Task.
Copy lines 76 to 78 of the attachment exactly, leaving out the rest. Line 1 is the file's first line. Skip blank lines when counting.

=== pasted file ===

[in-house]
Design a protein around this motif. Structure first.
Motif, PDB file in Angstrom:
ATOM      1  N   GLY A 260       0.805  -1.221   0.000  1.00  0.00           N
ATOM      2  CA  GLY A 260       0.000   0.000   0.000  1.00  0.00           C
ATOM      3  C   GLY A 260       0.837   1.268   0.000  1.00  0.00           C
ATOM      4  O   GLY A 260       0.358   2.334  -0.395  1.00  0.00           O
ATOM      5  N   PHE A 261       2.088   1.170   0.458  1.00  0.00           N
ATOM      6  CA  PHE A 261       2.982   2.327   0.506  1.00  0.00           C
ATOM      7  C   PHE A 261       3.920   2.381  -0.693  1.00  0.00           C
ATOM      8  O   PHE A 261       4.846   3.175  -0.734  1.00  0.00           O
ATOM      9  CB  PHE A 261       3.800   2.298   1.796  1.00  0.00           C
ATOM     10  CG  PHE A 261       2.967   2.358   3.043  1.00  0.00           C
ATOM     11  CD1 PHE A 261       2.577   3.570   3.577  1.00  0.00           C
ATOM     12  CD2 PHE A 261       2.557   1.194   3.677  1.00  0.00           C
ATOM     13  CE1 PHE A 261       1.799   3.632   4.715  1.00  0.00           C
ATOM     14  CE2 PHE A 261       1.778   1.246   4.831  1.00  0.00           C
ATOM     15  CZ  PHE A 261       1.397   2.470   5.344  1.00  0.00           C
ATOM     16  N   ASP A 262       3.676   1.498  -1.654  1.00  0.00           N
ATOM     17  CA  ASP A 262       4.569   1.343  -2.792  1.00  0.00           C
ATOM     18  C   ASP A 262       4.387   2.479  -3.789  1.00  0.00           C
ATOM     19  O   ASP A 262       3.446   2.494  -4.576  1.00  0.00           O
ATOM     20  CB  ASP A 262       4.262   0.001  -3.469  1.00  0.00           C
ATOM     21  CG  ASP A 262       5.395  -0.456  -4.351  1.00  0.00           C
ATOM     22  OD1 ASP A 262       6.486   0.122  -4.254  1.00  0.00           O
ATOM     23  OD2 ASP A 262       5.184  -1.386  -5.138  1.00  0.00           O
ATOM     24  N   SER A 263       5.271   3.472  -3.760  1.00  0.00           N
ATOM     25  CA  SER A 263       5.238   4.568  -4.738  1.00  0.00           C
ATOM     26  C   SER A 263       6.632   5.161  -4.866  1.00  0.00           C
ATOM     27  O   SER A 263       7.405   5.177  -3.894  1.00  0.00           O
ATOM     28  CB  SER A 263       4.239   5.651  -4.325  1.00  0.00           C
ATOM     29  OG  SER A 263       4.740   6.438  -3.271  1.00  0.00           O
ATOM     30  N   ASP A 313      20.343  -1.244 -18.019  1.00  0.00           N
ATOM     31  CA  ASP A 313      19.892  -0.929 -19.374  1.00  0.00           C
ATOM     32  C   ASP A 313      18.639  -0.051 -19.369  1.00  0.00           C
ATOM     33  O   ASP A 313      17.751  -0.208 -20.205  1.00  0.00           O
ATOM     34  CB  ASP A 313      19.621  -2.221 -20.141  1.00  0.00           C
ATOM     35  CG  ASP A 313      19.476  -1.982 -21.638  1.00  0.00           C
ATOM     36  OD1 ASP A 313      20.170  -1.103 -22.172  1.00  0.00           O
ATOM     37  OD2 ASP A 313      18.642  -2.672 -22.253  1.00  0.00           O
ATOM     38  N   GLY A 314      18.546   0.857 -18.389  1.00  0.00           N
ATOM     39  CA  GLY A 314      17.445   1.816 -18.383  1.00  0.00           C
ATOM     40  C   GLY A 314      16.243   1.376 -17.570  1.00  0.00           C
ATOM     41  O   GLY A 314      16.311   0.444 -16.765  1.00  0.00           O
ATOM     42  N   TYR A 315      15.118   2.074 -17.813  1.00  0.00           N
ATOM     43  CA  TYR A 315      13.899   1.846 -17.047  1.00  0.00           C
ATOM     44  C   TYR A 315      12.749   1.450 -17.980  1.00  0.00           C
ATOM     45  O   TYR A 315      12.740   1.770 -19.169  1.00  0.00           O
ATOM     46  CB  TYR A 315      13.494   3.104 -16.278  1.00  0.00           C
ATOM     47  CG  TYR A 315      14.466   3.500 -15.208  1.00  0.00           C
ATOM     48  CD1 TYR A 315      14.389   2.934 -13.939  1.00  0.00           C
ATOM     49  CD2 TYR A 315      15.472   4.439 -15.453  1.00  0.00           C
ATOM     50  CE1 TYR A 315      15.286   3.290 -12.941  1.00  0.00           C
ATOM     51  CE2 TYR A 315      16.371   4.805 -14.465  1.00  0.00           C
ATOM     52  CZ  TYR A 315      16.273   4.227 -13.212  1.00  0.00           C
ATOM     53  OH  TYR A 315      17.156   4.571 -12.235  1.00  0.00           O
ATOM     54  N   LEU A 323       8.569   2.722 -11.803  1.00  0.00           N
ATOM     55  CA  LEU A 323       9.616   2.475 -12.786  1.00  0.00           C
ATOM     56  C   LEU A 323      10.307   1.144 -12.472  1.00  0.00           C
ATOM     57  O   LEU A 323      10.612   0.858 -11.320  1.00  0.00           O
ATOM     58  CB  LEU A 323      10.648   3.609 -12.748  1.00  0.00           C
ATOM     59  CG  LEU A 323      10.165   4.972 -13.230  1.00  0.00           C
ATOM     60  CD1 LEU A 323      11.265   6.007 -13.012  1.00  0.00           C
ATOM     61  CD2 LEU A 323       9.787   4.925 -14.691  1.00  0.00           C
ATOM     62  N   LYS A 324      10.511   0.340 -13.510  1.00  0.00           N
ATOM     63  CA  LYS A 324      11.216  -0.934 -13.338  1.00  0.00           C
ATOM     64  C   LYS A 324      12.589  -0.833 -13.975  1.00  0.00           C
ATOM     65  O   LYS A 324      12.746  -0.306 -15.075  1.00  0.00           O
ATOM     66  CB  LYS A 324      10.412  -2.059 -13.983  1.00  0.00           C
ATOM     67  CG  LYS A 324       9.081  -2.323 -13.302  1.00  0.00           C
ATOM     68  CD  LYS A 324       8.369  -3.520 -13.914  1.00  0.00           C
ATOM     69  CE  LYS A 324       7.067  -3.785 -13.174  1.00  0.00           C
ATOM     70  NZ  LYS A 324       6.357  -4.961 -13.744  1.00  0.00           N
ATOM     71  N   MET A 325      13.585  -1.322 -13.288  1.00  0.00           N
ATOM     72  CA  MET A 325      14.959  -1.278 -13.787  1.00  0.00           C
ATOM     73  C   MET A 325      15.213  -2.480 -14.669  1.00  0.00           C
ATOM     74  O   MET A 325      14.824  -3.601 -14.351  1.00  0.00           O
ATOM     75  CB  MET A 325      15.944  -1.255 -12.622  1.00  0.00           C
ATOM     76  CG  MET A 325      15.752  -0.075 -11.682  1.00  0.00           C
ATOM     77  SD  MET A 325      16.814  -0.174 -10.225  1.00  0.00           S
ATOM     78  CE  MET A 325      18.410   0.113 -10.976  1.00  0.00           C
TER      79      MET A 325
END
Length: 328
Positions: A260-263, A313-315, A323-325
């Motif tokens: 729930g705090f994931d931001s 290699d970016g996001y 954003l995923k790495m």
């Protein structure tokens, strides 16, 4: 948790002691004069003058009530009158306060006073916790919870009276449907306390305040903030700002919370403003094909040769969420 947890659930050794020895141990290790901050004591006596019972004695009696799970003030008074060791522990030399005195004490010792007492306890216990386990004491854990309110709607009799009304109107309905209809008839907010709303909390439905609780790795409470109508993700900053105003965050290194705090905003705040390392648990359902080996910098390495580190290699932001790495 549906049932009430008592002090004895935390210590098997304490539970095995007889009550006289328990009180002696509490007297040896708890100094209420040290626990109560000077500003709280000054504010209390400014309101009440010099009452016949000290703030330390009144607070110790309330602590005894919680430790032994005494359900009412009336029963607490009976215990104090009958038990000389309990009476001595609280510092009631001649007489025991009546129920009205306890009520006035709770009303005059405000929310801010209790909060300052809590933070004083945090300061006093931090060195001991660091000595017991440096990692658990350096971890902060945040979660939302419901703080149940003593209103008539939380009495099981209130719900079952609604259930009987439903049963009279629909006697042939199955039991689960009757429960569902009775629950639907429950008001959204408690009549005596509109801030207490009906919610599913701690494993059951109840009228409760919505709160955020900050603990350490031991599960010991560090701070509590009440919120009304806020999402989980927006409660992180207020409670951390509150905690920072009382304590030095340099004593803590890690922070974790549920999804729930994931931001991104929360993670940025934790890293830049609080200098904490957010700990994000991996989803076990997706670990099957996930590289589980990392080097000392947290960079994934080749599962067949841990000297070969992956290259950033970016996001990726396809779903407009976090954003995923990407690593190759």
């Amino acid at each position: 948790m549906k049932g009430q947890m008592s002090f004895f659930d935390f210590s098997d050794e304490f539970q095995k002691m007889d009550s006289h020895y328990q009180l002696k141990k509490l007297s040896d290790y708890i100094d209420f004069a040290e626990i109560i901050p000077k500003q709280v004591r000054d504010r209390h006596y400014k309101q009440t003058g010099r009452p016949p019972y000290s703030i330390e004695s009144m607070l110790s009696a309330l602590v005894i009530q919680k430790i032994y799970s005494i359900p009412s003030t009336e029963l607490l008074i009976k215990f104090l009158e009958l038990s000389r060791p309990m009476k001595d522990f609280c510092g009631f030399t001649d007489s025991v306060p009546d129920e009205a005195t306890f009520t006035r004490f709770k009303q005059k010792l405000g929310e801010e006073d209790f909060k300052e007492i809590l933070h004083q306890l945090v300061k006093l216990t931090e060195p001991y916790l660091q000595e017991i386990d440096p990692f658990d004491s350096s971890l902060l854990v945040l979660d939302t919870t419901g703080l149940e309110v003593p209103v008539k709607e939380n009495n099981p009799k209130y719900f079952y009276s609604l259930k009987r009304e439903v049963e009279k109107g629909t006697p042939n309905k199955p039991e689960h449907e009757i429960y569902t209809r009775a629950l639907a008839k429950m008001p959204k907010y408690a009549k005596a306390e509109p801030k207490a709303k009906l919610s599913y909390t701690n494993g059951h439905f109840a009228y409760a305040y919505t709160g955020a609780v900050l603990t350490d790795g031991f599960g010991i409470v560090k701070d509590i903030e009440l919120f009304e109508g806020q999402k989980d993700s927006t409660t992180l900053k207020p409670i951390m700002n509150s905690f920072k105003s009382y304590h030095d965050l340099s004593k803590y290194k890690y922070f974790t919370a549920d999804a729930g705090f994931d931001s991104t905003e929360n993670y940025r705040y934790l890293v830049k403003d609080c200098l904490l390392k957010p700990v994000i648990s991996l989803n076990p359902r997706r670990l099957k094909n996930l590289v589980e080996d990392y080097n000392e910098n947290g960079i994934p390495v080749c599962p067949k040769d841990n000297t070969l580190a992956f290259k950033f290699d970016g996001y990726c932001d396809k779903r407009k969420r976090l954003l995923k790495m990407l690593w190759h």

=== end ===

ATOM     73  C   MET A 325      15.213  -2.480 -14.669  1.00  0.00           C
ATOM     74  O   MET A 325      14.824  -3.601 -14.351  1.00  0.00           O
ATOM     75  CB  MET A 325      15.944  -1.255 -12.622  1.00  0.00           C